Methods

Study design

A case-control study was conducted from August through December 1998. Two extreme poverty level areas (one urban and one rural) were selected. Each area was analysed separately.

Setting

The study took place in the south-western State of Guerrero, one of the poorest in Mexico, with a population of nearly three million.

The rural area, named Alto Balsas, is located next to the Balsas River; the urban area, named El Sinai, is a poor neighbourhood on the outskirts of the port of Acapulco, which has half a million inhabitants. For the rural area, four villages with a combined population of 4,638 were included in the study. The closest city is approximately 45 miles away. The principal language spoken in these villages is Náhuatl, and agriculture is the main economic activity. Because of seasonal conditions there is a high rate of cyclic migration each year. This migration occurs during harvest season, where farmers migrate from the State of Guerrero to another states. There is one medical doctor and one primary care centre per approximately 2300 people.

El Sinai is located in the outskirts of Acapulco and has 6,860 inhabitants, most people speak Spanish and they work in the local industry as unskilled manual workers. In this area, there is one medical doctor and one clinic per 3400 people. In both study areas, sanitation and public services are deficient. Table 1 shows the characteristics of both study areas.
Table 1

Characteristics of study areas

 

Alto Balsasa

El Sinai

 

Rural area

Urban area

Population

4,638

6,860

Distance to nearest urban centre

45–60 km

-----

Number of schools

  

Kindergarten

4

2

Elementary school

4

2

Secondary school

0

1

Health Facilities (belonging to the Ministry of Health)

Rural clinic (2)

Health post (2)

Urban clinic (1)

Health Personnel (employed by the Ministry of Health)

  

Physicians

2

2

Nurses

3

2

Primary care technicians

2

2

Indigenous language

40–70%

4%b

Economic activities

  

Agriculture

75–90%

0

Industry

5–20%

66%

Services

5–25%

12%

Annual migrationc

30–50%

10%

a Four communities

b Estimations based on data from this study

cProportion of families who migrate seasonally every year

Study population

The units of study were children between 6 and 23 months of age. Children older than 6 months were included on the assumption that this is the minimum amount of time the child is exposed to family-related factors; also, this is the average age in which children are weaning (this is defined as the time when mothers begin to introduce food other than milk into the child's diet). Thus infants become more exposed to environmental causes of under-nutrition. The family was defined as next of kin, or persons sharing the same household and food expenses [25]. Only one child from each family was included in the study; if there was more than one eligible child, the oldest was selected. Infants with congenital diseases or those with low birth weights (less than 2,500 g) were excluded.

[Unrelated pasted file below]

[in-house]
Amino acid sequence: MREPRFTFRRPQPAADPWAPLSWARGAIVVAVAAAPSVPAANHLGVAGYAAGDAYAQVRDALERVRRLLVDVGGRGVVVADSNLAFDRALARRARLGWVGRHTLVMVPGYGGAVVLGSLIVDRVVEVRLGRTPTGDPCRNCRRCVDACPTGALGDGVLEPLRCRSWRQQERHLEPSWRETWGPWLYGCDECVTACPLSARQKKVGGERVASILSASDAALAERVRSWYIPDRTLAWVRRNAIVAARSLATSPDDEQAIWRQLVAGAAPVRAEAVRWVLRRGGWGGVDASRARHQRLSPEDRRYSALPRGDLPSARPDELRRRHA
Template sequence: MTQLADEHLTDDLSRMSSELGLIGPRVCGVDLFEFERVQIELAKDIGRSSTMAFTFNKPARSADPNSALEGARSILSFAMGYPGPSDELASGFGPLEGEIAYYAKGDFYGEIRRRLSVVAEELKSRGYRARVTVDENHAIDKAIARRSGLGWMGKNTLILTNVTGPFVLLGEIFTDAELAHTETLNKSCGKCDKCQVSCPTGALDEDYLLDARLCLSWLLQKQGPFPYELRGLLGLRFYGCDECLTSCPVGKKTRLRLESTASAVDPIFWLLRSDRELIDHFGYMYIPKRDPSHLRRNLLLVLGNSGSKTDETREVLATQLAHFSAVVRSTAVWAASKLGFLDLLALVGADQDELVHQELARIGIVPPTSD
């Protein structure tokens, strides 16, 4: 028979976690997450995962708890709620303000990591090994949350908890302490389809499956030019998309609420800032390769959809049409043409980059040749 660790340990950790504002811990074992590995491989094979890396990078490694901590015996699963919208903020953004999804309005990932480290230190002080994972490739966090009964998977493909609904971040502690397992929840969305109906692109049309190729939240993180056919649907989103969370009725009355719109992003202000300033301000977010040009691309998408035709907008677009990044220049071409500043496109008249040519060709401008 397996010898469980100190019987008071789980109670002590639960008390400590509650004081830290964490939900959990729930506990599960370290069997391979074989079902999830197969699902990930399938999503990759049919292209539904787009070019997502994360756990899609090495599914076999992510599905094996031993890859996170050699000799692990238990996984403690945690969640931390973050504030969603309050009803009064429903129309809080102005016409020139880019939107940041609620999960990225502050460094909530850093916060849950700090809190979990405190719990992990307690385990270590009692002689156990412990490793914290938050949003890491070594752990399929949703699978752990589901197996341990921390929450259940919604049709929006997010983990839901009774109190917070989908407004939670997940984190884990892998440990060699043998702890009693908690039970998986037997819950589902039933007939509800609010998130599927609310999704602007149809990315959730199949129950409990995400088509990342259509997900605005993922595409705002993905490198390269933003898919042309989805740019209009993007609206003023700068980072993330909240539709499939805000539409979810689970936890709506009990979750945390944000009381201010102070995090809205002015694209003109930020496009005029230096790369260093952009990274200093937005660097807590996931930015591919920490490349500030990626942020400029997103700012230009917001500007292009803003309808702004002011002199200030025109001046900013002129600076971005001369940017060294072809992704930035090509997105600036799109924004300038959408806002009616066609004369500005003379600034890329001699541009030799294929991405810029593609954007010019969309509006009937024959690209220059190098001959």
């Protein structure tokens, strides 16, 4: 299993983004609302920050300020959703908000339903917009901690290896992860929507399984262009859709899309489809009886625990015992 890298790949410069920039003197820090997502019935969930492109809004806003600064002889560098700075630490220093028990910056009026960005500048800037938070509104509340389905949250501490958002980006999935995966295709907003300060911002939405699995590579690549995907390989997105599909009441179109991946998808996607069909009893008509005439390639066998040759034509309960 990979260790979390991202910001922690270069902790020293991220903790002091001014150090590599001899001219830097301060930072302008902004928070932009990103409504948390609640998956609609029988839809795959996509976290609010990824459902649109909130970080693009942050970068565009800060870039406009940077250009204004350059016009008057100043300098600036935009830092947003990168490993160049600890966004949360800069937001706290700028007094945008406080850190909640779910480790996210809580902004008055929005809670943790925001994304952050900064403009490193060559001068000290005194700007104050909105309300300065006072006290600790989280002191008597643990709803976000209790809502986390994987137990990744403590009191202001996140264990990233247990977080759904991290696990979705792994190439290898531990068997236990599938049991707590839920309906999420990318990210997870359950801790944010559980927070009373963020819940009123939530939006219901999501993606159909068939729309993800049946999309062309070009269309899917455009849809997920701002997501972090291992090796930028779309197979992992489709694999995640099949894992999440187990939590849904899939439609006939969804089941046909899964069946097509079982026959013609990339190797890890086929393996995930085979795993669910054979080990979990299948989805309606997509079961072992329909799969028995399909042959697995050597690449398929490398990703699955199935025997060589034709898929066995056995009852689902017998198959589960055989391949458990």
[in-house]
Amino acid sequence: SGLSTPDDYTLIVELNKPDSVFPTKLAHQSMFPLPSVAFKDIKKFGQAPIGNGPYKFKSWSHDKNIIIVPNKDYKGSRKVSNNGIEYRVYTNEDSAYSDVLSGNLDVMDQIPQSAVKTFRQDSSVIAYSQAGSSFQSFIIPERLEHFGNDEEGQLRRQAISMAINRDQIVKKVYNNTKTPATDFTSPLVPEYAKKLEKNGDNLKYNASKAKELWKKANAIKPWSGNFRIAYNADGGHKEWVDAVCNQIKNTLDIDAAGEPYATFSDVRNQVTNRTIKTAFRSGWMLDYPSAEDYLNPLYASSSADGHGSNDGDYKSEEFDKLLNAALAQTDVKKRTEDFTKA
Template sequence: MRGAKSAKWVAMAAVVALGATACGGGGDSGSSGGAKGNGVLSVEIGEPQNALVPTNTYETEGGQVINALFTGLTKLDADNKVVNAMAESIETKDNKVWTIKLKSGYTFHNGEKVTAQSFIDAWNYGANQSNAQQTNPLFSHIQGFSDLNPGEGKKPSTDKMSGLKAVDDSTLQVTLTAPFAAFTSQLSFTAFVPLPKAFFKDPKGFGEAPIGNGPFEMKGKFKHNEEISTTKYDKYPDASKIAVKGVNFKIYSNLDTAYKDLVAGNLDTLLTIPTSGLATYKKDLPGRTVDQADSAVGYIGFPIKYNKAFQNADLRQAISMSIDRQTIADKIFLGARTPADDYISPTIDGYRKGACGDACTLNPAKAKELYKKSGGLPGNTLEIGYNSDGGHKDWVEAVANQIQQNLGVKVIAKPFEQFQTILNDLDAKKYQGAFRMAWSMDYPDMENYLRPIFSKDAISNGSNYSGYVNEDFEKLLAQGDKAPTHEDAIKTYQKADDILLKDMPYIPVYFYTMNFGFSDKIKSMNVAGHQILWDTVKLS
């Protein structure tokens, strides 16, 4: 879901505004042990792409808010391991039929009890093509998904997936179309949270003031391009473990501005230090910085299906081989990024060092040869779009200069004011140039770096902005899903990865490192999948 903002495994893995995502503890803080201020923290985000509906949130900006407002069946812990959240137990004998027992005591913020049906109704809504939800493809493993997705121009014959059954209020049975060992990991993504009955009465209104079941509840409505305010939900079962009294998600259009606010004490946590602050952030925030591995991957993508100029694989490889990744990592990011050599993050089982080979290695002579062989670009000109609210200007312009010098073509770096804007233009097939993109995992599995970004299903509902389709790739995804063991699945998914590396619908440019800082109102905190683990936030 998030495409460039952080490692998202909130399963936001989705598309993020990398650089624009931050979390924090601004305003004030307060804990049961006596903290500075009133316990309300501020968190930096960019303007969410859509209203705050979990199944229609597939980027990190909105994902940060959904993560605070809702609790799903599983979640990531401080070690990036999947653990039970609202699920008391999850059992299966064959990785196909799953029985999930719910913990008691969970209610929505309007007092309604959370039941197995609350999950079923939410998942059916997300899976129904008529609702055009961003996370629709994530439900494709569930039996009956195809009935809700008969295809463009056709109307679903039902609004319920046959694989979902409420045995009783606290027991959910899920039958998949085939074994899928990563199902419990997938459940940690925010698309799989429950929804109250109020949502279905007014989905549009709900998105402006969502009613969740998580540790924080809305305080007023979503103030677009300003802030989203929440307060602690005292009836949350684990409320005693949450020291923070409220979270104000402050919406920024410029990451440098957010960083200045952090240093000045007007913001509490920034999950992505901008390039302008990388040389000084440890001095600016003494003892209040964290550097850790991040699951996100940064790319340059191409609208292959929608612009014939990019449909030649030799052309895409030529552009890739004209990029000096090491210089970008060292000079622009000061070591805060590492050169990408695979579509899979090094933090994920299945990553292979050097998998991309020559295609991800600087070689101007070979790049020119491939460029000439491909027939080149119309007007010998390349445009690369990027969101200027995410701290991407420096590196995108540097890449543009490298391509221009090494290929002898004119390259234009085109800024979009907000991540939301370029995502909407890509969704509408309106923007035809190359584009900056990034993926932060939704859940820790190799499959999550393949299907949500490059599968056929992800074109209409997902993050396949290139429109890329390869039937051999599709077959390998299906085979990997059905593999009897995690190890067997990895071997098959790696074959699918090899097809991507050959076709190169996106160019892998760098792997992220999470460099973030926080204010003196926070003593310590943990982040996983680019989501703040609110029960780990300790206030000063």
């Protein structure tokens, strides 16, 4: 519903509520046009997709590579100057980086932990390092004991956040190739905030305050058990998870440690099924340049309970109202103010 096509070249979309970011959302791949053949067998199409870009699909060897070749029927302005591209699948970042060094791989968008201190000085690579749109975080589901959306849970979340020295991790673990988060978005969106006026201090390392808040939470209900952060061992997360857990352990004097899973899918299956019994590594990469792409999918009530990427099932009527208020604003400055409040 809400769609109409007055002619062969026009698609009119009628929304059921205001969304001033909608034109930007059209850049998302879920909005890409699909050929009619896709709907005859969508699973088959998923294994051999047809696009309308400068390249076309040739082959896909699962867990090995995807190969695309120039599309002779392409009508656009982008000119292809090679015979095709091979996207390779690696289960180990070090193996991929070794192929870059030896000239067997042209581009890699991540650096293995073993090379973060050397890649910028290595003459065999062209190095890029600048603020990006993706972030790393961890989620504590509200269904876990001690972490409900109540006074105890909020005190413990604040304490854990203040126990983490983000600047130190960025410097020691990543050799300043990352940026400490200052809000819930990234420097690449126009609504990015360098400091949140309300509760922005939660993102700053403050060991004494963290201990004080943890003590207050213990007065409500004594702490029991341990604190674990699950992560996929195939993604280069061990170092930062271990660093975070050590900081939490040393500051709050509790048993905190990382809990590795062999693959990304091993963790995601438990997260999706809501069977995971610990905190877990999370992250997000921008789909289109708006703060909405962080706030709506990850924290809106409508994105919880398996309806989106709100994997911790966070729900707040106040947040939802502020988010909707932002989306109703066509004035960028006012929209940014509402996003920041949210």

Case definition

Cases were stunted children. This was ascertained by using the height-for-age indicator [26]. The criterion for stunting was: Z-value less than -2.00 standard deviations (SDs) below the median height-for-age [27].

Control definition

Controls were children without stunting: equal to or above -2.00 SDs below the median in families that had no stunted children.

The sample size was calculated by using the case-control study formula in accordance with the following assumptions [28]: α = 0.05, β = 0.20, minimum risk to be detected = 2.5, proportion of controls exposed to the least frequent variable (migration) = 0.15, and case-control ratio 1:1. The required sample size was 112 children per group in each area.

Study variables

A five-dimension framework to identify family-related factors that might have influence on the child's nutritional status was constructed. Each dimension comprises several variables selected to build up a comprehensive scenario.

The dimensions are the following:

1. Family characteristics: parents' age and literacy, type and duration of parents' union; family structure (nuclear or extended); presence of both parents (complete or incomplete family); number of members of the family and mother's use of contraceptives.

2. Family income: parents' employment (type of job, time on the same job, per capita family income), unemployment and migration during the past two years.

3. Household allocation of resources and family organisation: time spend by the mother to care for the child and to do domestic activities, and the way the family distributed and shared its income (percentage of income spent in food, clothes, transportation, rent, etc);

4. Social networks: type of networks (within or outside the family), size of networks, frequency of interactions and type of support (economic, child care, etc.).

5. Child health care: patterns of breast-feeding and health-care-seeking for preventive care (immunisations and Well Child Program visits) or curative care.

In addition, the following variables were included: child characteristics (age, sex, birth order and birth weight); and housing characteristics (type of construction, crowding conditions, indoor plumbing, sewerage system, and whether the kitchen was in a separate room).

Data collection